Tuesday, December 28, 2010


Chicago mourns for two fallen brothers
As others have before
These occurrences are all too familiar
And I pray there be no more

But just as it’s certain that fires will come
It’s certain that more will die
‘cause there will always be people in peril
And firefighters will always try

They’ll try to save an innocent life
Even while risking their own
They’ll try to rescue another in danger
Though their condition be unknown

There’s no such thing as a vacant building
When arriving at a fire
They treat each one as if it were occupied
And the odds rise ever higher

As the homeless overfill our shelters
And they have nowhere to go
Turned away to fend for themselves
No plan for the overflow

Vacant buildings become makeshift homes
For those who have no voice
Trash fires for heat on wooden floors
For those who have no choice

These are the people firefighters seek out
When entering for their search
It matters not what they once were
A residence or factory or church

This happens every day for firefighters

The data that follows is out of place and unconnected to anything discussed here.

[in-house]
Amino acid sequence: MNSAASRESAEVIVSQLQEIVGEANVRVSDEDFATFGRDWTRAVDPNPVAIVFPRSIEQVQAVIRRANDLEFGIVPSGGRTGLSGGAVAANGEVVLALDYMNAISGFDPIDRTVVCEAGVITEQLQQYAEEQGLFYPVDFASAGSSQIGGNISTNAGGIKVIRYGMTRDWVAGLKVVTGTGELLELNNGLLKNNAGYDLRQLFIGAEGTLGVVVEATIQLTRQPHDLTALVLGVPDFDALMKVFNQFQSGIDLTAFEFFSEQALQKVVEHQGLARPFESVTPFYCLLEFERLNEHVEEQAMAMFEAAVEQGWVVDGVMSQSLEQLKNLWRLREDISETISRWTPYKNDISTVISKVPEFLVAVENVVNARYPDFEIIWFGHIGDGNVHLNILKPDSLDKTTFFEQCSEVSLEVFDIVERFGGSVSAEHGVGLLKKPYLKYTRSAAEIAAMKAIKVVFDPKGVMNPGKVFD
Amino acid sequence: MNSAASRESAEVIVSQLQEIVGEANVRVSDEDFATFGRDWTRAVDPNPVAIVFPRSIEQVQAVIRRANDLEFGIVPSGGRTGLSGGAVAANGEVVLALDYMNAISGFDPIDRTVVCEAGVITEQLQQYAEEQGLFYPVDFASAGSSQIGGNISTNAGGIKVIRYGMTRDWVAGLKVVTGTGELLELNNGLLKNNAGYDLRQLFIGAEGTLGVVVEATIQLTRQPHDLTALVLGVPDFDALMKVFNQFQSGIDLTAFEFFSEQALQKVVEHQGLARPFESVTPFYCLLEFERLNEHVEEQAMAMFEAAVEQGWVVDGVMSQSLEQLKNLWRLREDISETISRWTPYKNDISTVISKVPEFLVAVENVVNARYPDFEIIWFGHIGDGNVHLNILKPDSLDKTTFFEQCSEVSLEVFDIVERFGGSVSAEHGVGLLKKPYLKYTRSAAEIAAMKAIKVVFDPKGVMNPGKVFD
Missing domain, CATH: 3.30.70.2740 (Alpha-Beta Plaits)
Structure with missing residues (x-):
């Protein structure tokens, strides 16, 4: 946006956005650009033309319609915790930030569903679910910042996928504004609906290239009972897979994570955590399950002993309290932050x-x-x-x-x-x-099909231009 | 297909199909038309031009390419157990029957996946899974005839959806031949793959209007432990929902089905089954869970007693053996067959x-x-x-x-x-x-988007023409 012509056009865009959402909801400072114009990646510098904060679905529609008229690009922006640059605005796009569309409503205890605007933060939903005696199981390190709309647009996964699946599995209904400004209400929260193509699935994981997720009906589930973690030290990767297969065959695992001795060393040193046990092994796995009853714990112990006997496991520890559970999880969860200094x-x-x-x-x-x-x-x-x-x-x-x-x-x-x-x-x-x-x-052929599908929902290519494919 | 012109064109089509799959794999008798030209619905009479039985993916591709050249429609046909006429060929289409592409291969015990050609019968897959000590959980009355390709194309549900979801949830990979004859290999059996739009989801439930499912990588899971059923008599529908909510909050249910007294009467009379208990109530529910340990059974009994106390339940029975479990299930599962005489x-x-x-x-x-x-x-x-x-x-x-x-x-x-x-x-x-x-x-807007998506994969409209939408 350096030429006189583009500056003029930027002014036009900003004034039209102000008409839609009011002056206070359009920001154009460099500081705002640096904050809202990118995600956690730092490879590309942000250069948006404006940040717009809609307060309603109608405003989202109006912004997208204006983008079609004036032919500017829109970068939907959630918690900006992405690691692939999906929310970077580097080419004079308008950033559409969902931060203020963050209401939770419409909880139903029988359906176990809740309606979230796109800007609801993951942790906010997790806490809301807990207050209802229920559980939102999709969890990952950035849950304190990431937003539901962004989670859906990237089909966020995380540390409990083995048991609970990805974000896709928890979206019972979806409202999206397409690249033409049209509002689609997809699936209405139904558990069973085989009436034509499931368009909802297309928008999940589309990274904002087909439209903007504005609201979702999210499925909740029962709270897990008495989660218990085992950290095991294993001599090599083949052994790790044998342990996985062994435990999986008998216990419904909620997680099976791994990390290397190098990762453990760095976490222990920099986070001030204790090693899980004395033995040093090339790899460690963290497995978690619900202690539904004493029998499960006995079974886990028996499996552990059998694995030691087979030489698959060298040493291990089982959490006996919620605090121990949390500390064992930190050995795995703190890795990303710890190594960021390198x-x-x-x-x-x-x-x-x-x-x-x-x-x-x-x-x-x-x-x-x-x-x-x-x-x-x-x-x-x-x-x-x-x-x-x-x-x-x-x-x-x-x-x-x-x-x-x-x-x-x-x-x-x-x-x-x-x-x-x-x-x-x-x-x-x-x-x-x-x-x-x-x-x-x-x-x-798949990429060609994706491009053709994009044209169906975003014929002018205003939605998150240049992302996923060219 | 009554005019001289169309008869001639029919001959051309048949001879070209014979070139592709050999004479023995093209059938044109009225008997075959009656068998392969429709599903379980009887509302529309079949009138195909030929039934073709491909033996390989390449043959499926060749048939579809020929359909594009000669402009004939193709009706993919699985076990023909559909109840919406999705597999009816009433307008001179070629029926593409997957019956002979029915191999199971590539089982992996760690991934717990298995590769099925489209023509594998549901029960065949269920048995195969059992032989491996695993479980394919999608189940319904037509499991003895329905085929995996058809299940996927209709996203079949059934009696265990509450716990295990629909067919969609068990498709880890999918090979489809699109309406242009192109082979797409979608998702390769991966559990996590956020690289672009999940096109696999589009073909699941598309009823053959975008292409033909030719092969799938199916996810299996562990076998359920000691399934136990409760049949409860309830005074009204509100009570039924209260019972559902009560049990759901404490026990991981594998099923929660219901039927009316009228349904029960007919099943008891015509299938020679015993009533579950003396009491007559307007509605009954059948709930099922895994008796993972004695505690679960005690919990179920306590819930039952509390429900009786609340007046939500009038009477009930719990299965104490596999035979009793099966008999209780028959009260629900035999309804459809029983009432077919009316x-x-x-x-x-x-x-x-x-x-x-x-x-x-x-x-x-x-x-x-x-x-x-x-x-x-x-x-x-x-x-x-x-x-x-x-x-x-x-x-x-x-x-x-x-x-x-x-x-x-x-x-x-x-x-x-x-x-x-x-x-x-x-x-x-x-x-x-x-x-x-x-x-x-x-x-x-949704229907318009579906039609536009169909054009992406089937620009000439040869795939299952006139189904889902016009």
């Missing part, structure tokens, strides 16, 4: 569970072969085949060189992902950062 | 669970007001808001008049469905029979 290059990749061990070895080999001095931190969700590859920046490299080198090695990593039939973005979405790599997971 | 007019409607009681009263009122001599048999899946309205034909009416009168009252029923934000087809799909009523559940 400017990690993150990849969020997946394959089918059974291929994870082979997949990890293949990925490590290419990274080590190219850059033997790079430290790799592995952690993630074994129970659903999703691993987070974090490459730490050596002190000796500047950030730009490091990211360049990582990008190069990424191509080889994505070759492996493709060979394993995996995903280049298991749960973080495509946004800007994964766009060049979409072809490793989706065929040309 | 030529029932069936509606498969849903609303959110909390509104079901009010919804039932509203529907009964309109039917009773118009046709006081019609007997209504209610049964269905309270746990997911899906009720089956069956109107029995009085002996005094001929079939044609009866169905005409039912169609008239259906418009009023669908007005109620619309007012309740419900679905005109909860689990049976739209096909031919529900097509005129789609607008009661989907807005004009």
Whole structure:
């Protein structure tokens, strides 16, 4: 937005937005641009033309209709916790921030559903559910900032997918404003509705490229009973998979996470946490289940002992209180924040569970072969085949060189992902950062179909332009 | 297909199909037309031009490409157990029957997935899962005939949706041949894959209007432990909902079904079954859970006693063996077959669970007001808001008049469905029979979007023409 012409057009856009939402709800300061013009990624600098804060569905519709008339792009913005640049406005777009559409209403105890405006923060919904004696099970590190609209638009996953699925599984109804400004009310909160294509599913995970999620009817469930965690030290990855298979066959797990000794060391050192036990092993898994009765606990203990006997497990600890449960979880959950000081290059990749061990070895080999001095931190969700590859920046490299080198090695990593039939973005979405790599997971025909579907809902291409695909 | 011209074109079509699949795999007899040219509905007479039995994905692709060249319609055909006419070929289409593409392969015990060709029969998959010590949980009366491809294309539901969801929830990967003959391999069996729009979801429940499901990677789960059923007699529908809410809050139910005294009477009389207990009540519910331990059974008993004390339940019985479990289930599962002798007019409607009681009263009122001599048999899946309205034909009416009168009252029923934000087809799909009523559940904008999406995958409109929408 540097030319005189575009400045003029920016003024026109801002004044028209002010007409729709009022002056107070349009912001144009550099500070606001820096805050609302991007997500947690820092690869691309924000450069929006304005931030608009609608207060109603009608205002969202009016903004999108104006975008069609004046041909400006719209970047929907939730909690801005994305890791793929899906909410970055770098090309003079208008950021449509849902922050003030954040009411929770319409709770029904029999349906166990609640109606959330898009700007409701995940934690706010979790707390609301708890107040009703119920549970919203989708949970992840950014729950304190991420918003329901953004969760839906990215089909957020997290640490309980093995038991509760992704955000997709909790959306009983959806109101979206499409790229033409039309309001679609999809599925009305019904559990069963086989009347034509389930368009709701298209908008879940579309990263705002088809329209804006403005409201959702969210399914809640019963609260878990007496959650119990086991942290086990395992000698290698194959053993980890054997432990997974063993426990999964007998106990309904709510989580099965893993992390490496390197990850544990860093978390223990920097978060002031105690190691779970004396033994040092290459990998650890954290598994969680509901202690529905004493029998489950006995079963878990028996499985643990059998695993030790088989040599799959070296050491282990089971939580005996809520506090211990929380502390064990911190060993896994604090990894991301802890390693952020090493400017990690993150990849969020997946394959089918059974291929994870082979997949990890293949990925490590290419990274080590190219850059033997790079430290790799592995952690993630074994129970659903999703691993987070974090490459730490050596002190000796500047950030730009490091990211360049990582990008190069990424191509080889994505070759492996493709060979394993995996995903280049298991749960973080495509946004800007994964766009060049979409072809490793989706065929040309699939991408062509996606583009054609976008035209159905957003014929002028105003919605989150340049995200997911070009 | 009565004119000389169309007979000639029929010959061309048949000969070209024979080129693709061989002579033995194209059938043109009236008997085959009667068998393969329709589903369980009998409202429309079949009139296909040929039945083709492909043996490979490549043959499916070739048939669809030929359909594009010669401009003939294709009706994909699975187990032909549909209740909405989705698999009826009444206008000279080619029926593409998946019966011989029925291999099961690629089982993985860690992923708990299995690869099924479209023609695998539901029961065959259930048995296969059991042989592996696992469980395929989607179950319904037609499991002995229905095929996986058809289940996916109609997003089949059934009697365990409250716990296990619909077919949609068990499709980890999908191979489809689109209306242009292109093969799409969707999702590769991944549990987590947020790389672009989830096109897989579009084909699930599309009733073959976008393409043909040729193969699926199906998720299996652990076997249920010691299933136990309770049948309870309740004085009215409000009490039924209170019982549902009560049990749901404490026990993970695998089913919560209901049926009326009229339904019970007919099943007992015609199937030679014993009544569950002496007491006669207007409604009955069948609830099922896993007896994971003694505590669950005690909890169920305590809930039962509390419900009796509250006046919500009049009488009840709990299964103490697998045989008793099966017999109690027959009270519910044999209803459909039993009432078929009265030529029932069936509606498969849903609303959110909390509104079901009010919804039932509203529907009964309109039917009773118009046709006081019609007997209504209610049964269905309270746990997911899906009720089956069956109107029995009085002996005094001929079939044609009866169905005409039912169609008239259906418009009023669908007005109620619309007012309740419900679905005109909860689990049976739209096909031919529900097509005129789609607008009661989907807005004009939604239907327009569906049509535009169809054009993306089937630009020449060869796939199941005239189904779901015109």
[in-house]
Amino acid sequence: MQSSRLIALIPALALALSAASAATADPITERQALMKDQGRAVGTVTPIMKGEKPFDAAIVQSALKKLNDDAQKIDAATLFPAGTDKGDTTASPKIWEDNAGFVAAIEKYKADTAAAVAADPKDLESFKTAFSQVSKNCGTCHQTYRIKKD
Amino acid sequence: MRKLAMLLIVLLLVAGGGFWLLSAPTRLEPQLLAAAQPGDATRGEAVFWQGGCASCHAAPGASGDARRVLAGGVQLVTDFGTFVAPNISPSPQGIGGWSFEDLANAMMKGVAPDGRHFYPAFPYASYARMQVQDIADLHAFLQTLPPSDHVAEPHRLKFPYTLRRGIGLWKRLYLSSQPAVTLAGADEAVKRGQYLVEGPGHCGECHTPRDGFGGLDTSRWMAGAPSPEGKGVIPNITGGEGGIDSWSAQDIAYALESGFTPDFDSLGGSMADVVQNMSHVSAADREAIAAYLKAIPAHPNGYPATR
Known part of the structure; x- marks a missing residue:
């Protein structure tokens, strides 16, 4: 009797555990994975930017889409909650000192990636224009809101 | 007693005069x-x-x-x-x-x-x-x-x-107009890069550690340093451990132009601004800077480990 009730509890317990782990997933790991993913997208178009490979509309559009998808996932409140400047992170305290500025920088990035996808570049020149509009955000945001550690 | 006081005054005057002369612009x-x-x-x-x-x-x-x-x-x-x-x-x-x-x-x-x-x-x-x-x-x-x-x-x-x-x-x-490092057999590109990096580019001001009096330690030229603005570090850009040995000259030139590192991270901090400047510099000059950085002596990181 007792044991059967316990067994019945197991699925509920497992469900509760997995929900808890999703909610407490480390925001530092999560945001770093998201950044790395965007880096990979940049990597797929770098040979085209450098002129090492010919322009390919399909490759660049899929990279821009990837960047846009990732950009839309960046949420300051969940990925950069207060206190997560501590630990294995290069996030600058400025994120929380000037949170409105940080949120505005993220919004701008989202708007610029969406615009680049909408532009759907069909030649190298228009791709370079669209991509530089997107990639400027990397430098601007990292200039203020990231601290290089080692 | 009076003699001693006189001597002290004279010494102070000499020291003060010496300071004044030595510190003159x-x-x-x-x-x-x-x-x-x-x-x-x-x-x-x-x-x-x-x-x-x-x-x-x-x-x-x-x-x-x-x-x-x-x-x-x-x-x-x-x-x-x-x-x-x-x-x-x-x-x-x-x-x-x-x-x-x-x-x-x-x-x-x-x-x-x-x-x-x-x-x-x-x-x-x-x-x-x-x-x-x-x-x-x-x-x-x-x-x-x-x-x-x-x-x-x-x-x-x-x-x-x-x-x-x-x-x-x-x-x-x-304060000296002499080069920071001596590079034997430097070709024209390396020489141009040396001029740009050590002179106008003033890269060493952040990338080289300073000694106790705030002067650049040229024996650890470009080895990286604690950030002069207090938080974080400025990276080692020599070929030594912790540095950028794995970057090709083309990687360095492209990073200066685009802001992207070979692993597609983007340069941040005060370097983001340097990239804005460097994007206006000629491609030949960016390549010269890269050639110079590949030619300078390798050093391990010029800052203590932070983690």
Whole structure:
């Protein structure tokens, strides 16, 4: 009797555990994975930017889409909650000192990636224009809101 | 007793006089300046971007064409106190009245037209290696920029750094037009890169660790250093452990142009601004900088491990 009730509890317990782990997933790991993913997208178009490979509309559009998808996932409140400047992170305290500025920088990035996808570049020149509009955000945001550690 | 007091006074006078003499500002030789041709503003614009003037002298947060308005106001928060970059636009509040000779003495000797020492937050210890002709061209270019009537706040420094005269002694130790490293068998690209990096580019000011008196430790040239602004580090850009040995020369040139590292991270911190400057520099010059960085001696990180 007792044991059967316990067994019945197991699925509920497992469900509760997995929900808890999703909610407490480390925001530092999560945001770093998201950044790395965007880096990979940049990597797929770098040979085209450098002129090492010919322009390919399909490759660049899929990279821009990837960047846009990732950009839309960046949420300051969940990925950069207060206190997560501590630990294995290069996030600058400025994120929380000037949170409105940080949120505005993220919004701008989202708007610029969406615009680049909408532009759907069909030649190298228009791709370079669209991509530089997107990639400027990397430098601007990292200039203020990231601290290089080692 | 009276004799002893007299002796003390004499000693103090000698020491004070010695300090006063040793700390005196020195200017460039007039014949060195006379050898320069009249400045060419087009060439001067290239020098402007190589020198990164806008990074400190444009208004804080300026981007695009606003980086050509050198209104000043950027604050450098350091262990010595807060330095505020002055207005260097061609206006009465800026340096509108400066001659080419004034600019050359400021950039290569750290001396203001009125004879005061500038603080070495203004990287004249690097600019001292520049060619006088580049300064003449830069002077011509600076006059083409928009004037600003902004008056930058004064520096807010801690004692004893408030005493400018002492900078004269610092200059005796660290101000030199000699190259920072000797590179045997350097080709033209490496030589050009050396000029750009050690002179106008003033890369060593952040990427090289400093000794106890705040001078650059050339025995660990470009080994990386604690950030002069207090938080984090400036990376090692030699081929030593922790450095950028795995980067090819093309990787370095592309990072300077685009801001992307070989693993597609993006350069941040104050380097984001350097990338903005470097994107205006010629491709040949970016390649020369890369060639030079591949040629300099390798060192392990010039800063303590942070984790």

They assume there’s someone inside
Be it Worcester, Charleston or another city
Opportunity and risk collide

These two brave firefighters from Chicago
Have paid the ultimate price
So until we can stop it from happening again
Our respect will have to suffice

Lt. Tom Kenney
Providence Fire Department

Thursday, October 28, 2010


Dear Union Member:

We represent a recently formed but rapidly expanding group of RI union members who are concerned with the lies being circulated by the media regarding hard-working men and women of this state. The latest issue with which we take personal offense (once again!) is the behavior of and the attacks on us by WPRO morning DJ John DePetro.

Mr. DePetro consistently falsely attacks the union members of this state with no regard for the truth. This, despite the blatant disregard he shows on a daily basis for truth, integrity and common decency toward the general public and his scorn for the working people of RI. He clearly has shown in the past, and continues to show via his actions and words, that he thinks that he is above the law and beyond reproach.

His blatant anti-gay statements (like the one that got him fired from his Boston DJ stint) and his falsely-based insults which he hurls regularly at municipal and state union workers (“Providence firefighters #1 on-the-job-injury is hemorrhoids, from sitting on their asses all day”) would be enough to get him fired in most outlets. These libelous comments are exacerbated by his lack of character in his personal life.